Swindon placenta smoothie maker 'will not fight ban'

Kathryn Beale
Image caption Ms Beale said it was natural for mothers to consume their own placenta after birth

A woman who was banned from using raw placenta to make smoothies for new mothers, has said she cannot afford the legal battle to fight her case.

Swindon Borough Council was granted a court order, which prevents Kathryn Beale from continuing her business until she can prove it is safe.

Ms Beale, 41, said she believed there was no risk to health but had no option but to obey the order.

The council said it was legally obliged to investigate possible health risks.

Ms Beale, who runs Optimum Doula in Swindon, said it was natural for mothers to consume their own placenta straight after birth.

'Full of nutrients'

"Pretty much every other mammal on the planet [does it]," she said.

"It's full of iron and other nutrients that are very good for new mums who have just been through a very energy-expending experience."

Image copyright Science Photo Library
Image caption Some believe the nutrients still inside the organ should not be wasted

Magistrates granted an emergency hygiene prohibition order to the council on Friday, after concerns were raised over safety because the Staphylococcus aureus bacteria can be present on human placenta.

But, Ms Beale said there was no risk to health from the drinks, which are made from an 8cm (3in) long piece of fresh placenta blended with fruit.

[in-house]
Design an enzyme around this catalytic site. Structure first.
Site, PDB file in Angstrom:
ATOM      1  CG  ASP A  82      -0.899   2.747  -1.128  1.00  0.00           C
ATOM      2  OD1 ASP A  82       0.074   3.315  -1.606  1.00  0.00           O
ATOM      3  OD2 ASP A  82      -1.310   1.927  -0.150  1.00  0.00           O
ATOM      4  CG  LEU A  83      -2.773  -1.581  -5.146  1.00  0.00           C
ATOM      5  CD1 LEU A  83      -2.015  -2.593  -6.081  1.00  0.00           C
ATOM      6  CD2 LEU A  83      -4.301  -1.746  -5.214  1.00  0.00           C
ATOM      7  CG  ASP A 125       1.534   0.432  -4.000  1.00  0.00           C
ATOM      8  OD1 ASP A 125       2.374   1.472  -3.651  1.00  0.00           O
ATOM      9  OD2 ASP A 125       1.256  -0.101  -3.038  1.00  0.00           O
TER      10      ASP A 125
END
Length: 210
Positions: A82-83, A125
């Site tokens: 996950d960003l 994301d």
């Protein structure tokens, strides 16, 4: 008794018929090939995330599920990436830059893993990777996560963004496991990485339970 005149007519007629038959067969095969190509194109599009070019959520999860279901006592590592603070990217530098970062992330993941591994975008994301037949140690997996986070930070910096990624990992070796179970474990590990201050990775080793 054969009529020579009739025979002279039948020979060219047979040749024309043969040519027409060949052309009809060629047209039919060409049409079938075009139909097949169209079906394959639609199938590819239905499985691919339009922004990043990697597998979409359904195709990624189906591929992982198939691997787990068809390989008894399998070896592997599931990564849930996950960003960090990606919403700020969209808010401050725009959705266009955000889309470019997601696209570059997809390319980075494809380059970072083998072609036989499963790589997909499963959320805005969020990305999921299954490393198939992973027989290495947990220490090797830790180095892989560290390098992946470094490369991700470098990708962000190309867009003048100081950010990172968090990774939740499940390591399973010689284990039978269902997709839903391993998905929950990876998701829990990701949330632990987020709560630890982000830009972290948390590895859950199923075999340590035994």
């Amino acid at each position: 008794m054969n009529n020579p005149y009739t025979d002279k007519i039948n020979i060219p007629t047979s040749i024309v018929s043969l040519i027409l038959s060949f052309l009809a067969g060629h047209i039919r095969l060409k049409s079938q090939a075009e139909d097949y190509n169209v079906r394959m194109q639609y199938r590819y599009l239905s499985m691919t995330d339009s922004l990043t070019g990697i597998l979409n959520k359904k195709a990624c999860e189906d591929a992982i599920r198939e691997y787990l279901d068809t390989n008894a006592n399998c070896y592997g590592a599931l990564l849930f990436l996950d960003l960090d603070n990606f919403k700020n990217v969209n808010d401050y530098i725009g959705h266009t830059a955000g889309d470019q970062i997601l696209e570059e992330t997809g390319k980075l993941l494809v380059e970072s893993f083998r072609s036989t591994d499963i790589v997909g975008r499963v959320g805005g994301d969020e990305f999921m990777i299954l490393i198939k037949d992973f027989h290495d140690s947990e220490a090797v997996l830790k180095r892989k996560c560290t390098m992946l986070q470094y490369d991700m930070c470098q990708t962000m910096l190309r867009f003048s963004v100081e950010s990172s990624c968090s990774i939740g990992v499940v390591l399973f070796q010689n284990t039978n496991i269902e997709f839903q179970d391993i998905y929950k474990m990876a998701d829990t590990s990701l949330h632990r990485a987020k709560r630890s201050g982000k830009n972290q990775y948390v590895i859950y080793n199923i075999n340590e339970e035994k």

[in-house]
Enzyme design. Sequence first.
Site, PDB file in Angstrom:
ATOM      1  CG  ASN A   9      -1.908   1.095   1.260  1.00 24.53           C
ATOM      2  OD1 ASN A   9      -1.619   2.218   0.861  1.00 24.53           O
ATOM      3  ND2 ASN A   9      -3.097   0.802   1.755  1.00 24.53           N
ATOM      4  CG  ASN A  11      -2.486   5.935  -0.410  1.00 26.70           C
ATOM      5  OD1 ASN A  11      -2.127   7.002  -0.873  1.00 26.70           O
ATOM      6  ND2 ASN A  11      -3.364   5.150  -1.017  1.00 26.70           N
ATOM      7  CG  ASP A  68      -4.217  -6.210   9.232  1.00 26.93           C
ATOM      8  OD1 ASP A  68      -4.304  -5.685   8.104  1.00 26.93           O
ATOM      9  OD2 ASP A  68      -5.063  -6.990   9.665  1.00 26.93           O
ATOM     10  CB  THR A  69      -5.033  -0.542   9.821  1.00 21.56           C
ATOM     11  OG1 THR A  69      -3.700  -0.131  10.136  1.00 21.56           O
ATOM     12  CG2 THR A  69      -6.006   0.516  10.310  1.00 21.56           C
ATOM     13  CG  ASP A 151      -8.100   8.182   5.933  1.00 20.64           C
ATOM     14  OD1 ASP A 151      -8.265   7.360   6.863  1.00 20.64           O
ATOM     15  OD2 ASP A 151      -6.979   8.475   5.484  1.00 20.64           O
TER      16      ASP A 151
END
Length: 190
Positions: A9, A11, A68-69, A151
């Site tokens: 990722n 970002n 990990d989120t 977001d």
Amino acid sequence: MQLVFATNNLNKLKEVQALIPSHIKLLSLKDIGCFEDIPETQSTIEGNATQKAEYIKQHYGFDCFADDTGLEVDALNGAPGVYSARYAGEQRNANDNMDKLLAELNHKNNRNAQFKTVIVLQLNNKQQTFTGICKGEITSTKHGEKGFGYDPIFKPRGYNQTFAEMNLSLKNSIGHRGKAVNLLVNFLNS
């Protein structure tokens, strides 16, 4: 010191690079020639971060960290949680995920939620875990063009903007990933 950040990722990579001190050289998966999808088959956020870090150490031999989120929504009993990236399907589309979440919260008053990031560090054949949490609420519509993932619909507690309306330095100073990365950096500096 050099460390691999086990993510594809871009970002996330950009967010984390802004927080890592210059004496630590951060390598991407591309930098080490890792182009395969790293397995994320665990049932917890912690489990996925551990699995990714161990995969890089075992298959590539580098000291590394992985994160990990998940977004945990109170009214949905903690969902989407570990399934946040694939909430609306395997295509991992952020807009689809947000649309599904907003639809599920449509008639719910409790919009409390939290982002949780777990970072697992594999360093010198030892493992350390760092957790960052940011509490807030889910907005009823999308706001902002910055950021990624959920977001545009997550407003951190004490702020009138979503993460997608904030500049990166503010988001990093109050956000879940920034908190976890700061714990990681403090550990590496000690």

"There is a big difference between there being bacteria present in food and it actually being a risk," she said.

"I personally have seen scientific evidence that makes me believe the risk is not there."

'Obliged to investigate'

The council said the prohibition order was granted "to prevent Optimum Doula from providing placenta processing services for the purpose of human consumption of raw and cooked placenta on grounds that such practices present an imminent risk to public health".

"The council is legally obliged to investigate any food businesses where food processing services being provided to the public present a potential risk to health," a spokeswoman said.

Ms Beale said she could not afford to challenge the ruling.

"I can't fight them in court because it would cost me thousands and thousands of pounds if I were to lose," she said.

"I have stopped [producing the placenta smoothies]."

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